Religion as a Seed Crystal for Altruistic Cooperation
The ability to solve problems of collective action is crucial for economic performance. Growth-fostering behavioral propensities such as respecting property, honoring contracts, or helping others are collectively beneficial but individually costly. The paradigmatic formalization of this rationality gap is provided by the non-iterated Prisoners’ Dilemma, where rational players are locked in at a state of mutual defection while mutual cooperation would be better for everyone. In sporadic, ex-ante anonymous interactions (like in modern large-scale societies), the ‘shadow of the future’ cannot sustain cooperation. Cooperation must be altruistic, in the sense that a cooperator enhances her opponent’s payoff at her own expense. In this piece of work another group selection mechanism is presented that generates and sustains altruism in ex-ante anonymous settings. Assuming that cooperative attitudes are coupled with a preference for participating in costly rituals (religious involvement is taken as an example), interactions take place within two endogenously separated groups. The signaling value of religion in the model derives not from differential costliness but from cooperators’ intrinsic nature of motivation. Noncooperative types have to learn about the matching gains from religious involvement while cooperative types need not. This induces an initial advantage to cooperative/religious types at the beginning of each generation, thereby sustaining altruism in the long run via religious participation.
|Date of creation:||24 Jul 2006|
|Contact details of provider:|| Postal: Ludwigstr. 28, 80539 Munich, Germany|
Web page: http://www.vwl.uni-muenchen.de
More information through EDIRC
Please report citation or reference errors to , or , if you are the registered author of the cited work, log in to your RePEc Author Service profile, click on "citations" and make appropriate adjustments.:
- James W. Friedman, 1971. "A Non-cooperative Equilibrium for Supergames," Review of Economic Studies, Oxford University Press, vol. 38(1), pages 1-12.
- Hauk, Esther, 2001. "Leaving the Prison: Permitting Partner Choice and Refusal in Prisoner's Dilemma Games," Computational Economics, Springer;Society for Computational Economics, vol. 18(1), pages 65-87, August.
- Tan, Jonathan H.W. & Vogel, Claudia, 2008.
"Religion and trust: An experimental study,"
Journal of Economic Psychology,
Elsevier, vol. 29(6), pages 832-848, December.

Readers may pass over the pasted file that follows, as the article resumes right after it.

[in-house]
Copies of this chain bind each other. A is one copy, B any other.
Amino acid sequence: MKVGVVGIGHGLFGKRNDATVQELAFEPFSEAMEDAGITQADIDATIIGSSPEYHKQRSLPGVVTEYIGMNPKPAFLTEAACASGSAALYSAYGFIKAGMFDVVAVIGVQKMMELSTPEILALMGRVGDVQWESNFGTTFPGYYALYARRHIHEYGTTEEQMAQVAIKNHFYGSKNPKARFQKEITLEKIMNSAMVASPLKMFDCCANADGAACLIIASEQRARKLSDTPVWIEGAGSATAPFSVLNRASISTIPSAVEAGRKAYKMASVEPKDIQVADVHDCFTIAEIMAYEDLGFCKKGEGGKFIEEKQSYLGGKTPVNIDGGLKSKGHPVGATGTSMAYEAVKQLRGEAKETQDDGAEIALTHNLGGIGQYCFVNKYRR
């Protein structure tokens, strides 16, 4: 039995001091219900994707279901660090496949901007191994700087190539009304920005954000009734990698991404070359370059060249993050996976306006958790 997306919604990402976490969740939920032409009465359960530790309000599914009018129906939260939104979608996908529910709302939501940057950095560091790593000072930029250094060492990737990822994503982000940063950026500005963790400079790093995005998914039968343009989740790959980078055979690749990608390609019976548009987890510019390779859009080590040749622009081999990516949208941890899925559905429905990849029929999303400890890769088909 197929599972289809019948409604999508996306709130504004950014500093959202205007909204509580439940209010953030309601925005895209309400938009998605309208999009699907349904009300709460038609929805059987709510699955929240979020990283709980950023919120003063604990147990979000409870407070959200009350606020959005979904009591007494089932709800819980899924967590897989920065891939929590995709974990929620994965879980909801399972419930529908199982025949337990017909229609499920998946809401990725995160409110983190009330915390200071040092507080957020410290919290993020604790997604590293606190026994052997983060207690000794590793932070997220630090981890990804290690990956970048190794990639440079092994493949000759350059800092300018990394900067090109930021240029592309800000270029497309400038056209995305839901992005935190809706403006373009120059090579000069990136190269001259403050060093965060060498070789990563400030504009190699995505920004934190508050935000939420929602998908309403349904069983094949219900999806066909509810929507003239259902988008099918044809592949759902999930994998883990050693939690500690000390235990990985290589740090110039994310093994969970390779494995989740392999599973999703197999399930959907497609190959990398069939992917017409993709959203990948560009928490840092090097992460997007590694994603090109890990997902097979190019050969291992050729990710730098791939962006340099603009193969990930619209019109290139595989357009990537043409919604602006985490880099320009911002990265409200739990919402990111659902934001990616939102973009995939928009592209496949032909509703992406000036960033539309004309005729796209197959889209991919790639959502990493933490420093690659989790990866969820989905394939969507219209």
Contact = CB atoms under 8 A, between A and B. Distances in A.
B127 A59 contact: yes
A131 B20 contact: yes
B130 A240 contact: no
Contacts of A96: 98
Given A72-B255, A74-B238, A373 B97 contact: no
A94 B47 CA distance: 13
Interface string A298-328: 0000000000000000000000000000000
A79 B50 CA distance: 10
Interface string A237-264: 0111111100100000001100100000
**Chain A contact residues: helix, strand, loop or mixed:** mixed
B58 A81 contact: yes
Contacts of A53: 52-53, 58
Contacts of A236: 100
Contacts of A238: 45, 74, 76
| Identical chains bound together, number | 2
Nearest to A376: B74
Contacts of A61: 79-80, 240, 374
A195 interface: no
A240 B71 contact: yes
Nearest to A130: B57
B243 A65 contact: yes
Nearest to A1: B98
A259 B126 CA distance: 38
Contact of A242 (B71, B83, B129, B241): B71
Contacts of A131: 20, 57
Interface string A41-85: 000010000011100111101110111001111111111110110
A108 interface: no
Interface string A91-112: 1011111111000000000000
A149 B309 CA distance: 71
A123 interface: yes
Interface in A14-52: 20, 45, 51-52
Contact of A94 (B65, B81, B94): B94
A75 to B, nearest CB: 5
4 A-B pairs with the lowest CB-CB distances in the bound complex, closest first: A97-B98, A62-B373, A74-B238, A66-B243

- Tan, Jonathan H. W. & Vogel, Claudia, 2005. "Religion and trust: an experimental study," Discussion Papers 240, European University Viadrina Frankfurt (Oder), Department of Business Administration and Economics.
- Dan Ashlock & Mark D. Smucker & E. Ann Stanley & Leigh Tesfatsion, 1995. "Preferential Partner Selection in an Evolutionary Study of Prisoner's Dilemma," Game Theory and Information 9501002, EconWPA, revised 20 Jan 1995.
- Ashlock, Daniel & Smucker, Mark D. & Stanley, E. Ann & Tesfatsion, Leigh S., 1996. "Preferential Partner Selection in an Evolutionary Study of Prisoner's Dilemma," Staff General Research Papers Archive 1687, Iowa State University, Department of Economics.
- Henrich, Joseph, 2004. "Cultural group selection, coevolutionary processes and large-scale cooperation," Journal of Economic Behavior & Organization, Elsevier, vol. 53(1), pages 3-35, January.
- Harvey James, 2002. "The Trust Paradox: A Survey of Economic Inquiries Into the Nature of Trust and Trustworthiness," Microeconomics 0202001, EconWPA.
- Guttman, Joel M., 2000. "On the evolutionary stability of preferences for reciprocity," European Journal of Political Economy, Elsevier, vol. 16(1), pages 31-50, March.
- Ockenfels, Peter, 1993. "Cooperation in prisoners' dilemma : An evolutionary approach," European Journal of Political Economy, Elsevier, vol. 9(4), pages 567-579, November.
- Robert J. Barro & Rachel McCleary, 2003. "Religion and Economic Growth," NBER Working Papers 9682, National Bureau of Economic Research, Inc.
- Schlicht, Ekkehart, . "Economic Analysis and Organised Religion," Chapters in Economics, University of Munich, Department of Economics.
- Azzi, Corry & Ehrenberg, Ronald G, 1975. "Household Allocation of Time and Church Attendance," Journal of Political Economy, University of Chicago Press, vol. 83(1), pages 27-56, February.
- Laurence R. Iannaccone, 1998. "Introduction to the Economics of Religion," Journal of Economic Literature, American Economic Association, vol. 36(3), pages 1465-1495, September.
- Ekkehart Schlicht, 2002. "Reflections and Diffractions: Schlicht Replies to His Critics," American Journal of Economics and Sociology, Wiley Blackwell, vol. 61(2), pages 571-594, 04.
- Ben Cooper & Chris Wallace, 2004. "Group selection and the evolution of altruism," Oxford Economic Papers, Oxford University Press, vol. 56(2), pages 307-330, April.
- Cooper, B. & Wallace, C., 2001. "Group Selection And The Evolution Of Altruism," Economics Series Working Papers 9967, University of Oxford, Department of Economics.
- Leigh Tesfatsion, 2002. "Agent-Based Computational Economics," Computational Economics 0203001, EconWPA, revised 15 Aug 2002.
- Sethi, Rajiv, 1996. "Evolutionary stability and social norms," Journal of Economic Behavior & Organization, Elsevier, vol. 29(1), pages 113-140, January.
- Berg Joyce & Dickhaut John & McCabe Kevin, 1995. "Trust, Reciprocity, and Social History," Games and Economic Behavior, Elsevier, vol. 10(1), pages 122-142, July. Full references (including those not matched with items on IDEAS)
When requesting a correction, please mention this item's handle: RePEc:lmu:dissen:5788. See general information about how to correct material in RePEc.
For technical questions regarding this item, or to correct its authors, title, abstract, bibliographic or download information, contact: (Tamilla Benkelberg)
If references are entirely missing, you can add them using this form.